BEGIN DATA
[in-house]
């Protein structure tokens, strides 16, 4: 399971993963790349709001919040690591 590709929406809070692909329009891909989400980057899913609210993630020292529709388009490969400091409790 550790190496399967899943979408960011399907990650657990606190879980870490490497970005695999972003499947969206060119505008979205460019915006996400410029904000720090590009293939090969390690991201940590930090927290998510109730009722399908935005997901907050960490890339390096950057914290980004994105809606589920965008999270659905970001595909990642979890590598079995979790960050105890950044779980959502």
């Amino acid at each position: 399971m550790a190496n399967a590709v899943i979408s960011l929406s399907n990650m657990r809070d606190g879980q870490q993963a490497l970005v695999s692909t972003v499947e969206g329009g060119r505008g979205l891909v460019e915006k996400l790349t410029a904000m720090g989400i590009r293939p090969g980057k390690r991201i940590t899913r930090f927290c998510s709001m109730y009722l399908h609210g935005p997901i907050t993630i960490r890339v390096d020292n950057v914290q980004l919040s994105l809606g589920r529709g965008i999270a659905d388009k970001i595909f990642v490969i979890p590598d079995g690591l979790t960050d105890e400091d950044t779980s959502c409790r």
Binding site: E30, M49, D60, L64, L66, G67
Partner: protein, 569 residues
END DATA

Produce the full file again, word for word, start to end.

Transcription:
[in-house]
């Protein structure tokens, strides 16, 4: 399971993963790349709001919040690591 590709929406809070692909329009891909989400980057899913609210993630020292529709388009490969400091409790 550790190496399967899943979408960011399907990650657990606190879980870490490497970005695999972003499947969206060119505008979205460019915006996400410029904000720090590009293939090969390690991201940590930090927290998510109730009722399908935005997901907050960490890339390096950057914290980004994105809606589920965008999270659905970001595909990642979890590598079995979790960050105890950044779980959502």
């Amino acid at each position: 399971m550790a190496n399967a590709v899943i979408s960011l929406s399907n990650m657990r809070d606190g879980q870490q993963a490497l970005v695999s692909t972003v499947e969206g329009g060119r505008g979205l891909v460019e915006k996400l790349t410029a904000m720090g989400i590009r293939p090969g980057k390690r991201i940590t899913r930090f927290c998510s709001m109730y009722l399908h609210g935005p997901i907050t993630i960490r890339v390096d020292n950057v914290q980004l919040s994105l809606g589920r529709g965008i999270a659905d388009k970001i595909f990642v490969i979890p590598d079995g690591l979790t960050d105890e400091d950044t779980s959502c409790r």
Binding site: E30, M49, D60, L64, L66, G67
Partner: protein, 569 residues